Yahoo News asked readers to react to Washington's fiscal-cliff deal, forged late Tuesday night? Are they happy? Will they benefit? Here's how the agreement plays out for one American.
FIRST PERSON | As with 77 percent of American households, the main direct effect of the fiscal cliff bill, now passed by the House and Senate, is a 2 percent payroll tax increase. This will mean further belt tightening in the Whittington household here in Houston.
My wife works for the state of Texas, which by necessity has been frugal in a number of areas, including what it pays its employees. She is therefore taking a pay cut. I am self-employed, which means my self-employment tax will go up.
The main effect of the fiscal cliff bill will be indirect and there is a good news/bad news aspect to this. The good news is that our taxes are not going back to pre-George W. Bush levels, which would have been immediately catastrophic, as in eating-Ramen-noodles-every-night catastrophic. The bad news is that taxes are going up on the so-called rich, the very people who need to start and expand businesses in order to get the economy out of the current doldrums. That likely means that the economic malaise that the country has been experiencing will continue, which means less disposable income for people to buy -- say -- works of literature that could fatten the bottom line of yours truly.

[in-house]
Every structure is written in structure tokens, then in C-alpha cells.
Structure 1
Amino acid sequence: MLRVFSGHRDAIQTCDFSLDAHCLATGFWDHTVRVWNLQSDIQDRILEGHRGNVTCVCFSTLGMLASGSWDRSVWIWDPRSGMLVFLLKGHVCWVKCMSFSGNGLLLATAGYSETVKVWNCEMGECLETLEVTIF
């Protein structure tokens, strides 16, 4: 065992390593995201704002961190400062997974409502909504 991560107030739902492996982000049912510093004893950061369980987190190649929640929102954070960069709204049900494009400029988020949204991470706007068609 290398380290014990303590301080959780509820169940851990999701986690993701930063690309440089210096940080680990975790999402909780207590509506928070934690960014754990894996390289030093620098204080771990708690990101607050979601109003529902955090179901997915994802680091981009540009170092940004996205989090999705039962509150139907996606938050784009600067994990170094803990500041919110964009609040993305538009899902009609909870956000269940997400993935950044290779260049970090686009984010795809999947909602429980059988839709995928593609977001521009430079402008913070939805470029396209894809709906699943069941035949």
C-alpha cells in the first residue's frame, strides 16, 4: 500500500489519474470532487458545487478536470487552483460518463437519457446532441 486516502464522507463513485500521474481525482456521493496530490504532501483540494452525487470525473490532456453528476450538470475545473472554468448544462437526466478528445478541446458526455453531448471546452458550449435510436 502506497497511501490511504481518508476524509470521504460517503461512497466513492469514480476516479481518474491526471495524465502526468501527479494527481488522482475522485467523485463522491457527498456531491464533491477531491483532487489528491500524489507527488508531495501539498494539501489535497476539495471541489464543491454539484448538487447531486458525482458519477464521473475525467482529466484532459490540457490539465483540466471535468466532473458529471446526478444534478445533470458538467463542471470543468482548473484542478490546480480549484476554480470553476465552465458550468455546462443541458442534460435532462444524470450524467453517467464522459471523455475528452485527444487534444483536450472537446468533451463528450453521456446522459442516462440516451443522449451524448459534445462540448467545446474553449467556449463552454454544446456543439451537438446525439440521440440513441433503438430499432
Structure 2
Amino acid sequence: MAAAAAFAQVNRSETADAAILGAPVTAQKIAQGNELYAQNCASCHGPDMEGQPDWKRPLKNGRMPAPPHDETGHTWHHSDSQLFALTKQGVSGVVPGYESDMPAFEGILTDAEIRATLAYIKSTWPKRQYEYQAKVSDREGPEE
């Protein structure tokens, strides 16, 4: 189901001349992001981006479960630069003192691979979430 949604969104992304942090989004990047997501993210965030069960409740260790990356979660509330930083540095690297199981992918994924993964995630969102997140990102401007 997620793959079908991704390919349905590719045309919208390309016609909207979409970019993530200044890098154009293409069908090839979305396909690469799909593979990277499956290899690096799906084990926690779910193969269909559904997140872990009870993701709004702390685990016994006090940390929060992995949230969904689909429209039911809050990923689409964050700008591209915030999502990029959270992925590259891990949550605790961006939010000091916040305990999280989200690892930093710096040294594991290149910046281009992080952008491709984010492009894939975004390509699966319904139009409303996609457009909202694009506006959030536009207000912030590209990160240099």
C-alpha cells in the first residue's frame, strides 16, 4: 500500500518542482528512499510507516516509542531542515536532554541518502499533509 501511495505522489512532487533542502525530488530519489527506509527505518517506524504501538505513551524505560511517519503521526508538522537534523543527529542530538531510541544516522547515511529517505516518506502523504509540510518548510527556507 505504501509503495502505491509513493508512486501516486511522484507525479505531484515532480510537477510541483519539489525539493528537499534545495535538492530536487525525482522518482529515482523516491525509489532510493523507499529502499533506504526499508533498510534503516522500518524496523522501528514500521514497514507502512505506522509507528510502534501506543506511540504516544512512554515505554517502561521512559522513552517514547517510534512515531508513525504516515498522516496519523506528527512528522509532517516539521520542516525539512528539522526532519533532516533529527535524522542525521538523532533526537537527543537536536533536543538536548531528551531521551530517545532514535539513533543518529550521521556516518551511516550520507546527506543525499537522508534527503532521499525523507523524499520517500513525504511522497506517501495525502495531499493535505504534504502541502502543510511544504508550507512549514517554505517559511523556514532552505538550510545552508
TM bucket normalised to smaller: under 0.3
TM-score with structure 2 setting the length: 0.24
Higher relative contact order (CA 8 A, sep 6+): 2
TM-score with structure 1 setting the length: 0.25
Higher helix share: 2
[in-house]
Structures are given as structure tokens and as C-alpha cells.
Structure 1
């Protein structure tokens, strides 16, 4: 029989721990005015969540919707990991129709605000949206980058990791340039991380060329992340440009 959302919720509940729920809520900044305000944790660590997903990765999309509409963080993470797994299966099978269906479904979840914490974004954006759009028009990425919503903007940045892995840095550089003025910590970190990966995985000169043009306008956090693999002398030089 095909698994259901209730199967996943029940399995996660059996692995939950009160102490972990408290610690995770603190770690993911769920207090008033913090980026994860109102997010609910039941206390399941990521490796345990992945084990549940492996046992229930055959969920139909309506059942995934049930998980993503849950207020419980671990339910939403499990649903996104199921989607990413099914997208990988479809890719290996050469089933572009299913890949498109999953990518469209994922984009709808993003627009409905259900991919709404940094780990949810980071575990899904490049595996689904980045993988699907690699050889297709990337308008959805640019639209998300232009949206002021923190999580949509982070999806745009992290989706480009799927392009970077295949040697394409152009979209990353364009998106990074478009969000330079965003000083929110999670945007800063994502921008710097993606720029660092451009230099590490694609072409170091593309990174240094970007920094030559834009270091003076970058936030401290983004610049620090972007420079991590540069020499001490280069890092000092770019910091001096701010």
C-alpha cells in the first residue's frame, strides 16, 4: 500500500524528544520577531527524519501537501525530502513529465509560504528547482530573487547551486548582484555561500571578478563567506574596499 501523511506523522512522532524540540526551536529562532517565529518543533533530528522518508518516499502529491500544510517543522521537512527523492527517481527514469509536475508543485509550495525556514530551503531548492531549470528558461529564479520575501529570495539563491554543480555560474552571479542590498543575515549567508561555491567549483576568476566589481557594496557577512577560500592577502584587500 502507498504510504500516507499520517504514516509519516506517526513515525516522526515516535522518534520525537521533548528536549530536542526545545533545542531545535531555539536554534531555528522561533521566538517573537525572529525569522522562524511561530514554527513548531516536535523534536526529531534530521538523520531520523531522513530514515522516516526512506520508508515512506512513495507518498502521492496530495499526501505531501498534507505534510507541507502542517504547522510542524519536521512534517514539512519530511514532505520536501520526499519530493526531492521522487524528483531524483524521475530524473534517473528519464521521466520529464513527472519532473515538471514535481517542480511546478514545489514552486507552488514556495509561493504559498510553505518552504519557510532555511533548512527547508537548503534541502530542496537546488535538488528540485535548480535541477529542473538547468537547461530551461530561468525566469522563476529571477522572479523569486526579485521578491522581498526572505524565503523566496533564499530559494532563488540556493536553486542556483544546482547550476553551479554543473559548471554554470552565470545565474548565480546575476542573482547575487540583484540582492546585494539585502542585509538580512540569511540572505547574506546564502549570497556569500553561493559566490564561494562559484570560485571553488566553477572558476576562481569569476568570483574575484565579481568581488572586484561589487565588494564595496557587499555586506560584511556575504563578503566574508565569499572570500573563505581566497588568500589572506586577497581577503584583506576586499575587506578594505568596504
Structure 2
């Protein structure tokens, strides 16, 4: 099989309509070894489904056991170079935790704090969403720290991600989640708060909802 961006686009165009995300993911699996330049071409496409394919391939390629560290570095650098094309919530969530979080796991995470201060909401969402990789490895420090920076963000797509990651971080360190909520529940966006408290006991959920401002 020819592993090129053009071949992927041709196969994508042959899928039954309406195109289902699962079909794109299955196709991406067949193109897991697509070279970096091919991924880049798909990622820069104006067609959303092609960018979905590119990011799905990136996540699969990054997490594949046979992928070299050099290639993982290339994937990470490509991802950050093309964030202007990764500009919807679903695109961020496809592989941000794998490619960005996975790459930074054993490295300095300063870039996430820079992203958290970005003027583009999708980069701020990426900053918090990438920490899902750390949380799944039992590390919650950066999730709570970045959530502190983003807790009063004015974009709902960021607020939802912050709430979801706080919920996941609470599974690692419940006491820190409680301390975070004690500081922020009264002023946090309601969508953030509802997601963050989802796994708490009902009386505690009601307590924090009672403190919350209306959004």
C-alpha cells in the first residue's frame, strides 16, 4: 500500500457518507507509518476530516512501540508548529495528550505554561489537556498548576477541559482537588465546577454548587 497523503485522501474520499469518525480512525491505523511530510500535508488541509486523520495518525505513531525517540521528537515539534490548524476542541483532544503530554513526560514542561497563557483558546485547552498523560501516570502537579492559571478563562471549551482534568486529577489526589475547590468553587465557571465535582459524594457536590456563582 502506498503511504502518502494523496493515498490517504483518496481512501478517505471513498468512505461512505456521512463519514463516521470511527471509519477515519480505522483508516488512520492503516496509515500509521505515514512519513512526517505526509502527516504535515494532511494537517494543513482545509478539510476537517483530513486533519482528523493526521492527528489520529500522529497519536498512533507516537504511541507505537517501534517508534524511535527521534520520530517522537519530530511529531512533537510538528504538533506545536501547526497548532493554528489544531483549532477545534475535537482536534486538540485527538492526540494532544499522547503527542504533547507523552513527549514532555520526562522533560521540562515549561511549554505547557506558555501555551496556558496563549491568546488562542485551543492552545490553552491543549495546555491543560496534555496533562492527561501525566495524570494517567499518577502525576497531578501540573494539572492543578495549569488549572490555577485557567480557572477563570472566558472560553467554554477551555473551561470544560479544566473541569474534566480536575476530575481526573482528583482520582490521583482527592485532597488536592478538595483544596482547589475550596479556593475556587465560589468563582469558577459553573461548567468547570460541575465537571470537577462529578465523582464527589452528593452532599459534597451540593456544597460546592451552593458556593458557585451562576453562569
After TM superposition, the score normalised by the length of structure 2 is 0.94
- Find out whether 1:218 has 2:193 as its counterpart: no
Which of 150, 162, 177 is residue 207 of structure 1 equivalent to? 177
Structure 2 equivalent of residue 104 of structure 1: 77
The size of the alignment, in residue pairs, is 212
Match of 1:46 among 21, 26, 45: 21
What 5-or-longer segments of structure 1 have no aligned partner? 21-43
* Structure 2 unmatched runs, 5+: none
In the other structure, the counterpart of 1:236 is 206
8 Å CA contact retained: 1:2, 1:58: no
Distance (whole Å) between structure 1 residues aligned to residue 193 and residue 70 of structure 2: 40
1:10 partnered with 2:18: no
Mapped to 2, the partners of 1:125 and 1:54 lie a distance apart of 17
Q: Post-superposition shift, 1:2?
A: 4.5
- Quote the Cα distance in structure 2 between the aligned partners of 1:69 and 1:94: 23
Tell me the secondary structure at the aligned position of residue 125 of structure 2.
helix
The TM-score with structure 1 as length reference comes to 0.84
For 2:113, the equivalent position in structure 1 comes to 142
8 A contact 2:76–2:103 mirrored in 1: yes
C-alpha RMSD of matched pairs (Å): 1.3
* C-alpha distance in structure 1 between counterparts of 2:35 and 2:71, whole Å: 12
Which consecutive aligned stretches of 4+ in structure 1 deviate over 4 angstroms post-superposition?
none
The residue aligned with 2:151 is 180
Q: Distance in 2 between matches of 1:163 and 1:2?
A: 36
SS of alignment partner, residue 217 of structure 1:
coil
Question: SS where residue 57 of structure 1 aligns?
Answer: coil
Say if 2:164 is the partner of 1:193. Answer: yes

Besides the special interest give-aways that were tucked into the fiscal cliff bill, benefiting everyone from Hollywood to rum distillers to NASCAR, the main tragedy of this spectacle of sausage-making was the lost opportunity it represented. The government could have enacted real tax reform, lowering rates and cutting out deductions to make the tax code more efficient and more conducing to economic growth and job creation. Entitlements like Social Security and Medicare could have been reformed. Obamacare could have been repealed. Wasteful domestic spending could have been eliminated.
Instead, because the president wanted his pound of flesh from the so-called rich, all of that is deferred to another time, hopefully before debt and economic malaise swallows the country.
- Politics & Government
- Budget, Tax & Economy